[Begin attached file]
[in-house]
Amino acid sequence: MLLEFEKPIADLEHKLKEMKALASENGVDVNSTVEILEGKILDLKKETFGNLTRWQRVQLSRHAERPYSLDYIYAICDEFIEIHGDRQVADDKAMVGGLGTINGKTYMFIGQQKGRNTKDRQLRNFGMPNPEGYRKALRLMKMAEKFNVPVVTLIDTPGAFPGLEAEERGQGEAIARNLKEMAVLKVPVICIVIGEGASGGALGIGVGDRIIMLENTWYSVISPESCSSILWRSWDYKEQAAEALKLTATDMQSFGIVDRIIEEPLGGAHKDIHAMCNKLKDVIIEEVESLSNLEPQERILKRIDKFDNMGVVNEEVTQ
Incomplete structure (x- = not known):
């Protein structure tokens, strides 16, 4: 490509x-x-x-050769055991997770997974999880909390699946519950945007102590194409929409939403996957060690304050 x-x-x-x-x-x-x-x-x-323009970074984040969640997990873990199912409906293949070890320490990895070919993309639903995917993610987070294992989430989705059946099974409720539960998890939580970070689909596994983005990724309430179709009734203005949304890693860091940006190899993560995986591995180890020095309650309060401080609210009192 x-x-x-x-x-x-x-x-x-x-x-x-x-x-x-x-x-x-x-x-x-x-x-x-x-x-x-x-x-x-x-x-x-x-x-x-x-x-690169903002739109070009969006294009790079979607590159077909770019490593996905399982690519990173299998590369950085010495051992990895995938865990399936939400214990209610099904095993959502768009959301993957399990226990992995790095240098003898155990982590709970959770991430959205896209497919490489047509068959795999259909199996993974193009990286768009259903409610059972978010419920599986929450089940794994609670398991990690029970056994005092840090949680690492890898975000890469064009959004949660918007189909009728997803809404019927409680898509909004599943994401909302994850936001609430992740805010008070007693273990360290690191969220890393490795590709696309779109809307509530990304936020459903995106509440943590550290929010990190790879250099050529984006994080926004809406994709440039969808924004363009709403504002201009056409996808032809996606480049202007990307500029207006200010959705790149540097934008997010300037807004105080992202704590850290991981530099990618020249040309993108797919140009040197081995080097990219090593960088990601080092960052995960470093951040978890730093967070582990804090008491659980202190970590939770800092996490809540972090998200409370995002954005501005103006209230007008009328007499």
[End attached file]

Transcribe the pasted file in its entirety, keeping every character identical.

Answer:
[in-house]
Amino acid sequence: MLLEFEKPIADLEHKLKEMKALASENGVDVNSTVEILEGKILDLKKETFGNLTRWQRVQLSRHAERPYSLDYIYAICDEFIEIHGDRQVADDKAMVGGLGTINGKTYMFIGQQKGRNTKDRQLRNFGMPNPEGYRKALRLMKMAEKFNVPVVTLIDTPGAFPGLEAEERGQGEAIARNLKEMAVLKVPVICIVIGEGASGGALGIGVGDRIIMLENTWYSVISPESCSSILWRSWDYKEQAAEALKLTATDMQSFGIVDRIIEEPLGGAHKDIHAMCNKLKDVIIEEVESLSNLEPQERILKRIDKFDNMGVVNEEVTQ
Incomplete structure (x- = not known):
């Protein structure tokens, strides 16, 4: 490509x-x-x-050769055991997770997974999880909390699946519950945007102590194409929409939403996957060690304050 x-x-x-x-x-x-x-x-x-323009970074984040969640997990873990199912409906293949070890320490990895070919993309639903995917993610987070294992989430989705059946099974409720539960998890939580970070689909596994983005990724309430179709009734203005949304890693860091940006190899993560995986591995180890020095309650309060401080609210009192 x-x-x-x-x-x-x-x-x-x-x-x-x-x-x-x-x-x-x-x-x-x-x-x-x-x-x-x-x-x-x-x-x-x-x-x-x-x-690169903002739109070009969006294009790079979607590159077909770019490593996905399982690519990173299998590369950085010495051992990895995938865990399936939400214990209610099904095993959502768009959301993957399990226990992995790095240098003898155990982590709970959770991430959205896209497919490489047509068959795999259909199996993974193009990286768009259903409610059972978010419920599986929450089940794994609670398991990690029970056994005092840090949680690492890898975000890469064009959004949660918007189909009728997803809404019927409680898509909004599943994401909302994850936001609430992740805010008070007693273990360290690191969220890393490795590709696309779109809307509530990304936020459903995106509440943590550290929010990190790879250099050529984006994080926004809406994709440039969808924004363009709403504002201009056409996808032809996606480049202007990307500029207006200010959705790149540097934008997010300037807004105080992202704590850290991981530099990618020249040309993108797919140009040197081995080097990219090593960088990601080092960052995960470093951040978890730093967070582990804090008491659980202190970590939770800092996490809540972090998200409370995002954005501005103006209230007008009328007499």